Hi there- I have a friend who had a moderate case of chicken pox in this late 30s. He is now quite concerned about his risk of shingles. As a person who had adult chicken pox, is he at any increased risk for shingles? Should he be more/less/ equally likely to get the the zoster vaccine? Thanks much!
How are you? Shingles is a painful skin rash caused by the varicella zoster virus which also responsible for chicken pox. This is most common in older adults and people who have weak immune systems. After being infected with chickenpox, the virus "sleeps" in the nerve roots and wakes up when it is triggered by stress, injury or certain medicines. CDC recommends adults age 60 and older to get the shingles vaccine. However, the vaccine is not fail-safe.Some people develop shingles despite vaccination. Hope this helps. Take care and best regards.
This site complies with the HONcode standard for trustworthy health information.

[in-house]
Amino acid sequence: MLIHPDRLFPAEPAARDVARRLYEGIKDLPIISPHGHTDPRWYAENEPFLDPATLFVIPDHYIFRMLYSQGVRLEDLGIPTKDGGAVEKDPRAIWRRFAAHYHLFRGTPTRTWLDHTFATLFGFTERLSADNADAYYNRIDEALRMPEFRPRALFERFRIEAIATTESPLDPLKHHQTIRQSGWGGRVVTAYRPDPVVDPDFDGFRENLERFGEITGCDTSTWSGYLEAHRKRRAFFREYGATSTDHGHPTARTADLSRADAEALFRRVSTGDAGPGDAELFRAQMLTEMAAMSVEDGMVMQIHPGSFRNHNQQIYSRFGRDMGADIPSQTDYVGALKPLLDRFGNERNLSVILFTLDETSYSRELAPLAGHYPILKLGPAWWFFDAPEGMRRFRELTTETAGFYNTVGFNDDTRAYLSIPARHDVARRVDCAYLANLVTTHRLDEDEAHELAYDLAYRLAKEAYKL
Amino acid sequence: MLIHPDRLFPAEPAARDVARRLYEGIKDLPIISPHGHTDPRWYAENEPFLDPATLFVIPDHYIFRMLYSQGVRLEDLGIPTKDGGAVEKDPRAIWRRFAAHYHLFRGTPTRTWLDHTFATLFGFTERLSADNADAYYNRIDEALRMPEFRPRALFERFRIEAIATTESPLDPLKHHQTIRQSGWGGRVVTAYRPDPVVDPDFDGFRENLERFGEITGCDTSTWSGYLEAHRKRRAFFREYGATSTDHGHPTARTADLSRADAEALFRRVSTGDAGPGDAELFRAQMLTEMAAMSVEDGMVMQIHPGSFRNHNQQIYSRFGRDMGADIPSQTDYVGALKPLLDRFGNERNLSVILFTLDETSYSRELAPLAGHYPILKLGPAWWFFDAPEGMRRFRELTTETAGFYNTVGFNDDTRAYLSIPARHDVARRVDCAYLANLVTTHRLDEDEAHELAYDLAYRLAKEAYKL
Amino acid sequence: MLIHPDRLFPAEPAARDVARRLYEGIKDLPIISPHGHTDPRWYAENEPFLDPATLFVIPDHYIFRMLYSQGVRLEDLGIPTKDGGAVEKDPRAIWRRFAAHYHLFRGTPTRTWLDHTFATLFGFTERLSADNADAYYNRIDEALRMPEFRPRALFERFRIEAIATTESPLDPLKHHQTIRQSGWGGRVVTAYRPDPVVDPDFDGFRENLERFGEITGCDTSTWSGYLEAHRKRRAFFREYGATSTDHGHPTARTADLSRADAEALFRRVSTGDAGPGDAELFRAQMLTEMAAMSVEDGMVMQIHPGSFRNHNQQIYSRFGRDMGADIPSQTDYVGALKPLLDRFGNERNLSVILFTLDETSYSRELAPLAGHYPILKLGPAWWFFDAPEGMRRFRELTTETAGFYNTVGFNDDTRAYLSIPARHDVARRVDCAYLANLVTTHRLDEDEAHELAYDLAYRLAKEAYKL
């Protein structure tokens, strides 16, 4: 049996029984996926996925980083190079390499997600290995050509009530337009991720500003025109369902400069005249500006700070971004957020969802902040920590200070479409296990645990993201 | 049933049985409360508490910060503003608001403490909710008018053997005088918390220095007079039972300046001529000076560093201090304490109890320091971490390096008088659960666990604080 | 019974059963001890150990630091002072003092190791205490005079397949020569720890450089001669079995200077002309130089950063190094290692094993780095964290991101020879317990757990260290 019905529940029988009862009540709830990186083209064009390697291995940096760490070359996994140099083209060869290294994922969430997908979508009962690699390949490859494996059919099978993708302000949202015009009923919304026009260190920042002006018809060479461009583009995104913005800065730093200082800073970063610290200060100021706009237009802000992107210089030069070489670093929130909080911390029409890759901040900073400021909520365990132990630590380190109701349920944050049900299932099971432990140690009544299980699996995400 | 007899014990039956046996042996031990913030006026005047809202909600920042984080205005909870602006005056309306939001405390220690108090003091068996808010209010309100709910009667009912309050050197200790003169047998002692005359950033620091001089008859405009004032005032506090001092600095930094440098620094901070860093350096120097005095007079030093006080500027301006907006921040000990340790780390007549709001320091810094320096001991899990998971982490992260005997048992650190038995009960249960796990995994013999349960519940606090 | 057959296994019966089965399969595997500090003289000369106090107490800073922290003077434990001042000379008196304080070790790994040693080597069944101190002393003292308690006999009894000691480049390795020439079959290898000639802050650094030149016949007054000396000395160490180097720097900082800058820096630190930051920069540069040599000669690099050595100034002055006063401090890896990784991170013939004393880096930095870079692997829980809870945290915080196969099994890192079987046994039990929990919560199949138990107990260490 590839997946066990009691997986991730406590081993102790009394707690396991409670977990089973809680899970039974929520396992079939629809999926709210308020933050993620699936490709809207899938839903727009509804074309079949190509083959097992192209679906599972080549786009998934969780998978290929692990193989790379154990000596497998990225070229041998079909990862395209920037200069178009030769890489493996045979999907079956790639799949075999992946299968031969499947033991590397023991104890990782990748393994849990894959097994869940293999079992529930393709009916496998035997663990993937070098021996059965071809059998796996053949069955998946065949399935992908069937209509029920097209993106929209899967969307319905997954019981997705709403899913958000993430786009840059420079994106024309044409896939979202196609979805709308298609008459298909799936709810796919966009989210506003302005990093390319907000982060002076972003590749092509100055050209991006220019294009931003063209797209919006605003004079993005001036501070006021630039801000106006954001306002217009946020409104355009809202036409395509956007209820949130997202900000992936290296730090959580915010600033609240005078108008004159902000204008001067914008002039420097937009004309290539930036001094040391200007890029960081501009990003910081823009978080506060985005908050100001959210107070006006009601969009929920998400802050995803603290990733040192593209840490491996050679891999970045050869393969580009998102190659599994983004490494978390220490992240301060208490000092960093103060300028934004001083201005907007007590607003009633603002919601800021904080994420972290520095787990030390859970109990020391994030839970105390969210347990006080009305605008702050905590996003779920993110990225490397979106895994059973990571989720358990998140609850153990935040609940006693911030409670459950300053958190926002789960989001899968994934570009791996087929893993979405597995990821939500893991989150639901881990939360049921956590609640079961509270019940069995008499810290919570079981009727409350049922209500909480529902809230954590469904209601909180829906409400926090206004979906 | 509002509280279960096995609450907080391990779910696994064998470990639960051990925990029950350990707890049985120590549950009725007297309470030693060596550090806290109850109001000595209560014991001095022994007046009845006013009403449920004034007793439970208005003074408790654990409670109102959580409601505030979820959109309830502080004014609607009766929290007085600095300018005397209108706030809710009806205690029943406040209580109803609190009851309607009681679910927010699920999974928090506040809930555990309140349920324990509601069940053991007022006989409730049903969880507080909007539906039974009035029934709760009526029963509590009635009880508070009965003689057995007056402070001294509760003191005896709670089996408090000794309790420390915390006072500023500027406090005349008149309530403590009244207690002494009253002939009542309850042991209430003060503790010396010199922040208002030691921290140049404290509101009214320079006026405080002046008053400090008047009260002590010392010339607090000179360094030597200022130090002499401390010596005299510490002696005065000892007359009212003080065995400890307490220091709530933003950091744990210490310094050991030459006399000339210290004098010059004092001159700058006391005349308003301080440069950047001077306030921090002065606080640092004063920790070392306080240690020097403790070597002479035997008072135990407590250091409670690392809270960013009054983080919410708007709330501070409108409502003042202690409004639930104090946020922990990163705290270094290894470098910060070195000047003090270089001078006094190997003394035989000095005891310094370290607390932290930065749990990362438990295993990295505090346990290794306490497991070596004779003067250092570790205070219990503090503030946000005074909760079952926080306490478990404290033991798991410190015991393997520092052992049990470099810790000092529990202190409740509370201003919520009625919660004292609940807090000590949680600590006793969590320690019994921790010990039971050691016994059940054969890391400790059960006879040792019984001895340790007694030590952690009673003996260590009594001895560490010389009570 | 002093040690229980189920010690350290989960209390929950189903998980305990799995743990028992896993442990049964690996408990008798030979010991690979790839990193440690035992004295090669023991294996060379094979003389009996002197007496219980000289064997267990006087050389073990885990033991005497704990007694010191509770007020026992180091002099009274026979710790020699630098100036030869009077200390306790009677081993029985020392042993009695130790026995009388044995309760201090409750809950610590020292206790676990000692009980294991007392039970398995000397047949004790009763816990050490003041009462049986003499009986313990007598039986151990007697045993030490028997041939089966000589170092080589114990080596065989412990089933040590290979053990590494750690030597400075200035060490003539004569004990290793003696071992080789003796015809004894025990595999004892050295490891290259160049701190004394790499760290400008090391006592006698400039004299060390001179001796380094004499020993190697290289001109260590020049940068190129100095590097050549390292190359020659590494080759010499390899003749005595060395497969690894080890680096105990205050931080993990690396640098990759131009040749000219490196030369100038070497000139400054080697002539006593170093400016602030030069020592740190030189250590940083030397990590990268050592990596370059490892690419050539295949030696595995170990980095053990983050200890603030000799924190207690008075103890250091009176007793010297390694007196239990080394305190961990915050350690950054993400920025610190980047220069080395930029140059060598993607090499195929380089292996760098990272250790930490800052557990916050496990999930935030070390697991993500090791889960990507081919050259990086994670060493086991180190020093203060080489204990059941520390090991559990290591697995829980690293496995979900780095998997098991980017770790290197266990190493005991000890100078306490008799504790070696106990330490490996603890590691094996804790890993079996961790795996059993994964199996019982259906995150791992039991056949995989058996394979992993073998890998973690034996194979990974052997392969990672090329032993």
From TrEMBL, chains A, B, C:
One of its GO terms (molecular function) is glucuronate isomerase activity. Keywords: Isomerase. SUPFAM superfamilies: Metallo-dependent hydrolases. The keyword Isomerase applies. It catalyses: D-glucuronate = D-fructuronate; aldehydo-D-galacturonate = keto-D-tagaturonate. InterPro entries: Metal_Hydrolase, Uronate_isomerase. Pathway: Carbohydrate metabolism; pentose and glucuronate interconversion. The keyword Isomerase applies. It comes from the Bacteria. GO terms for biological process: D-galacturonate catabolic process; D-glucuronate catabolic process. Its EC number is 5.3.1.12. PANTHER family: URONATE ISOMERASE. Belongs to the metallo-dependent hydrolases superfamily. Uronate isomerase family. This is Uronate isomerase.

The Content on this Site is presented in a summary fashion, and is intended to be used for educational and entertainment purposes only. It is not intended to be and should not be interpreted as medical advice or a diagnosis of any health or fitness problem, condition or disease; or a recommendation for a specific test, doctor, care provider, procedure, treatment plan, product, or course of action. Med Help International, Inc. is not a medical or healthcare provider and your use of this Site does not create a doctor / patient relationship. We disclaim all responsibility for the professional qualifications and licensing of, and services provided by, any physician or other health providers posting on or otherwise referred to on this Site and/or any Third Party Site. Never disregard the medical advice of your physician or health professional, or delay in seeking such advice, because of something you read on this Site. We offer this Site AS IS and without any warranties. By using this Site you agree to the following Terms and Conditions. If you think you may have a medical emergency, call your physician or 911 immediately.